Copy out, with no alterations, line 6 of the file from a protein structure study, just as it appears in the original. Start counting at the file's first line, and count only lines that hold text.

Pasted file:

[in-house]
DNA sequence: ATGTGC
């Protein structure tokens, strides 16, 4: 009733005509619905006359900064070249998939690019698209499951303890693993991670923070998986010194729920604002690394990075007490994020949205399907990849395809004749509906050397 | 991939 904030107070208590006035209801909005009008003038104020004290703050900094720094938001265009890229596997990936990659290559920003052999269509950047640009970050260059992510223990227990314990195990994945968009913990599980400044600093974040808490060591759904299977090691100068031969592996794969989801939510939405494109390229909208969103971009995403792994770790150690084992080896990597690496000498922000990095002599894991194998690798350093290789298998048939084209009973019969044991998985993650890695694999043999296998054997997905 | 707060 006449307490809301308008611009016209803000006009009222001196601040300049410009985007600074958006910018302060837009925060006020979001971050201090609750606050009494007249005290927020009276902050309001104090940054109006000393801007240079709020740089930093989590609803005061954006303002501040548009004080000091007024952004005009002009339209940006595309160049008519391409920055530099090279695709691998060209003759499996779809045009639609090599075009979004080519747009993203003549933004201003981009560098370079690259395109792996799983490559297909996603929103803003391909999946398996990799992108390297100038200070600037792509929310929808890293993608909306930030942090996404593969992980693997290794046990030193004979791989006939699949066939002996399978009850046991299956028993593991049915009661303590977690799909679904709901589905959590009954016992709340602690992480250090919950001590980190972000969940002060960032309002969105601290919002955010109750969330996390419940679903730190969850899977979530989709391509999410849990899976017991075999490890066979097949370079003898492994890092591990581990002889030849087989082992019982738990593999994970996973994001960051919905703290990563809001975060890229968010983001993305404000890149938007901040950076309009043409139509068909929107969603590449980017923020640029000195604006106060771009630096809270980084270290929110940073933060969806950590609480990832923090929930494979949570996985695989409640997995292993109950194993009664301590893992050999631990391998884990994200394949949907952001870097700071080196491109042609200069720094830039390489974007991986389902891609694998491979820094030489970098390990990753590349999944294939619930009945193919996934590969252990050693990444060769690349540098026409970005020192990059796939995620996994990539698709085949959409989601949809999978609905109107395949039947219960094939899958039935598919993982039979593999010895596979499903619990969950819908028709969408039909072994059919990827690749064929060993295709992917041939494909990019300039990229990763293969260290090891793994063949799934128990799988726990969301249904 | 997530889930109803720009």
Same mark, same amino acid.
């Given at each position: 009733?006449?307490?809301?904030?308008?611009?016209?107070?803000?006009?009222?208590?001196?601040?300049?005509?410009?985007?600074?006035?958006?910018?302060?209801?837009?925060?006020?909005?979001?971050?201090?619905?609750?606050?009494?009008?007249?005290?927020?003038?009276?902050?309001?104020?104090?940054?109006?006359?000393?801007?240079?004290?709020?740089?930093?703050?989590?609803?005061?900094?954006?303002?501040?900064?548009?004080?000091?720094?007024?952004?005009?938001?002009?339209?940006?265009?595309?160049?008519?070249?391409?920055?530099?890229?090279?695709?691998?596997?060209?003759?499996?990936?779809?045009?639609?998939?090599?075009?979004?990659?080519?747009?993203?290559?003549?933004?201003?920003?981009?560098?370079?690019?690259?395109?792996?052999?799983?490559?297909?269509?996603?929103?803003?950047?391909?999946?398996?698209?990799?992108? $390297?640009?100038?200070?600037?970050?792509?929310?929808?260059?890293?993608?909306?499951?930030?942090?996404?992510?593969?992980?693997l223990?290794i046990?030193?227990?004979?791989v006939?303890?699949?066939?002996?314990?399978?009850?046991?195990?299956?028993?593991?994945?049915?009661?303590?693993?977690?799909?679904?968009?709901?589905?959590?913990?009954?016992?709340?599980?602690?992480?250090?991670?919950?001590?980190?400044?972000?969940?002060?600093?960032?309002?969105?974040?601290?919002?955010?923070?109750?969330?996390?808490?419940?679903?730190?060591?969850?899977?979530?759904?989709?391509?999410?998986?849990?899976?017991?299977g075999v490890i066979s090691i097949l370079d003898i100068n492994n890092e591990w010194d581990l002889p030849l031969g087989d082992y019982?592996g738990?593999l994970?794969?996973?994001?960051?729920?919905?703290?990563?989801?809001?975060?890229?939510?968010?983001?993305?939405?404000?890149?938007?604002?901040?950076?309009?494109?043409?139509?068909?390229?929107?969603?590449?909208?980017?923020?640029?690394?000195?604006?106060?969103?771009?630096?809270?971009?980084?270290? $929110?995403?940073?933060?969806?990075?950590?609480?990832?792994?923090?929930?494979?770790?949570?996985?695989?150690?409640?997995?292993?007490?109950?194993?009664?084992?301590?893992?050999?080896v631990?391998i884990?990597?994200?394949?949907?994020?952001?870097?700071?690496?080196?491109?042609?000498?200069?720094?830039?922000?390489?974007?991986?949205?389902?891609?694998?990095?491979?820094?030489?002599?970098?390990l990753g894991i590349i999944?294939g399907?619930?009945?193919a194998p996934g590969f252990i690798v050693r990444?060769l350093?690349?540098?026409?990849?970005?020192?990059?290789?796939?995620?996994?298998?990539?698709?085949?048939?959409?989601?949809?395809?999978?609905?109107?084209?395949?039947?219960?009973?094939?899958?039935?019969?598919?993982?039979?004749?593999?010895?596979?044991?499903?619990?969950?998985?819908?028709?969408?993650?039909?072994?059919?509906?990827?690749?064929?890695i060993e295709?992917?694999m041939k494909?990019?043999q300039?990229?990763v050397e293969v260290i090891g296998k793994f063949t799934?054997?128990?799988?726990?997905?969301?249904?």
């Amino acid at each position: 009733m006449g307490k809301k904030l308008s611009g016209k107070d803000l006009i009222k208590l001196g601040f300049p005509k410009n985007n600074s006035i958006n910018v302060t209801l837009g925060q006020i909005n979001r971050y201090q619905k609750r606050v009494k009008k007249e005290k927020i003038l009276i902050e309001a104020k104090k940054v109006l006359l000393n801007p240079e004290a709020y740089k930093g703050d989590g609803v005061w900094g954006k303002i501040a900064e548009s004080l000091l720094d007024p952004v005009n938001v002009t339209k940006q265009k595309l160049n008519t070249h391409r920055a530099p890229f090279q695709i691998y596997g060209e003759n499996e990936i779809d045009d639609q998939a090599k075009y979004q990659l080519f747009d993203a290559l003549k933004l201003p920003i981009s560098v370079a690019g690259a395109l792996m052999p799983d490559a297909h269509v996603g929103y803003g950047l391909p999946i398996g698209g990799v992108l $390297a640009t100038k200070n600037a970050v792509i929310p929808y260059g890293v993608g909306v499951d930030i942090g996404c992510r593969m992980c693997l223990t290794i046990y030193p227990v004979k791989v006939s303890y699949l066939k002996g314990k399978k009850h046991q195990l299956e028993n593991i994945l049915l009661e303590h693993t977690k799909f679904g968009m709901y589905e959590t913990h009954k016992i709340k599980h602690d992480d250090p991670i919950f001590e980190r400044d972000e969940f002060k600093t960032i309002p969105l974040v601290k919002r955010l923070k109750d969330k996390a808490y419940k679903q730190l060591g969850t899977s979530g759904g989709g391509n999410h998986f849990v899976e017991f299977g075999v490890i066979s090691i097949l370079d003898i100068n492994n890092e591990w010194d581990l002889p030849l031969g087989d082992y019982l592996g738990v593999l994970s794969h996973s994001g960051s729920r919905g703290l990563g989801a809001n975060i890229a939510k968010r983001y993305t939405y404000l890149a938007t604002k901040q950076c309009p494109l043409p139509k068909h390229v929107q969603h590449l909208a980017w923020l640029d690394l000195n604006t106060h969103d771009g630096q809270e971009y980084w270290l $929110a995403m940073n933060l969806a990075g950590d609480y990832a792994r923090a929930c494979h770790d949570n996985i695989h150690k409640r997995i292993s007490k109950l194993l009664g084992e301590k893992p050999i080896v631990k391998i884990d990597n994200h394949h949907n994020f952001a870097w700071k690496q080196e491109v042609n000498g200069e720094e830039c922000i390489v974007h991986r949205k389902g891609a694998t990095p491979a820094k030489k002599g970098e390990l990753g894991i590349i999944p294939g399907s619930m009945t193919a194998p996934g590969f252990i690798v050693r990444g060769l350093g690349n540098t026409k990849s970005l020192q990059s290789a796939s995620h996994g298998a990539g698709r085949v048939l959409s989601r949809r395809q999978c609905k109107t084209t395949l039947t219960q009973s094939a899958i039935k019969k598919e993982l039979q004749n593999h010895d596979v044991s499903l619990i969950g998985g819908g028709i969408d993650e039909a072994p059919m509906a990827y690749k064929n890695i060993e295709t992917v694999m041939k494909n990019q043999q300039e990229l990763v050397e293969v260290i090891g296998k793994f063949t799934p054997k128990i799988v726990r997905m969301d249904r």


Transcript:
């Amino acid at each position: 009733m006449g307490k809301k904030l308008s611009g016209k107070d803000l006009i009222k208590l001196g601040f300049p005509k410009n985007n600074s006035i958006n910018v302060t209801l837009g925060q006020i909005n979001r971050y201090q619905k609750r606050v009494k009008k007249e005290k927020i003038l009276i902050e309001a104020k104090k940054v109006l006359l000393n801007p240079e004290a709020y740089k930093g703050d989590g609803v005061w900094g954006k303002i501040a900064e548009s004080l000091l720094d007024p952004v005009n938001v002009t339209k940006q265009k595309l160049n008519t070249h391409r920055a530099p890229f090279q695709i691998y596997g060209e003759n499996e990936i779809d045009d639609q998939a090599k075009y979004q990659l080519f747009d993203a290559l003549k933004l201003p920003i981009s560098v370079a690019g690259a395109l792996m052999p799983d490559a297909h269509v996603g929103y803003g950047l391909p999946i398996g698209g990799v992108l $390297a640009t100038k200070n600037a970050v792509i929310p929808y260059g890293v993608g909306v499951d930030i942090g996404c992510r593969m992980c693997l223990t290794i046990y030193p227990v004979k791989v006939s303890y699949l066939k002996g314990k399978k009850h046991q195990l299956e028993n593991i994945l049915l009661e303590h693993t977690k799909f679904g968009m709901y589905e959590t913990h009954k016992i709340k599980h602690d992480d250090p991670i919950f001590e980190r400044d972000e969940f002060k600093t960032i309002p969105l974040v601290k919002r955010l923070k109750d969330k996390a808490y419940k679903q730190l060591g969850t899977s979530g759904g989709g391509n999410h998986f849990v899976e017991f299977g075999v490890i066979s090691i097949l370079d003898i100068n492994n890092e591990w010194d581990l002889p030849l031969g087989d082992y019982l592996g738990v593999l994970s794969h996973s994001g960051s729920r919905g703290l990563g989801a809001n975060i890229a939510k968010r983001y993305t939405y404000l890149a938007t604002k901040q950076c309009p494109l043409p139509k068909h390229v929107q969603h590449l909208a980017w923020l640029d690394l000195n604006t106060h969103d771009g630096q809270e971009y980084w270290l $929110a995403m940073n933060l969806a990075g950590d609480y990832a792994r923090a929930c494979h770790d949570n996985i695989h150690k409640r997995i292993s007490k109950l194993l009664g084992e301590k893992p050999i080896v631990k391998i884990d990597n994200h394949h949907n994020f952001a870097w700071k690496q080196e491109v042609n000498g200069e720094e830039c922000i390489v974007h991986r949205k389902g891609a694998t990095p491979a820094k030489k002599g970098e390990l990753g894991i590349i999944p294939g399907s619930m009945t193919a194998p996934g590969f252990i690798v050693r990444g060769l350093g690349n540098t026409k990849s970005l020192q990059s290789a796939s995620h996994g298998a990539g698709r085949v048939l959409s989601r949809r395809q999978c609905k109107t084209t395949l039947t219960q009973s094939a899958i039935k019969k598919e993982l039979q004749n593999h010895d596979v044991s499903l619990i969950g998985g819908g028709i969408d993650e039909a072994p059919m509906a990827y690749k064929n890695i060993e295709t992917v694999m041939k494909n990019q043999q300039e990229l990763v050397e293969v260290i090891g296998k793994f063949t799934p054997k128990i799988v726990r997905m969301d249904r």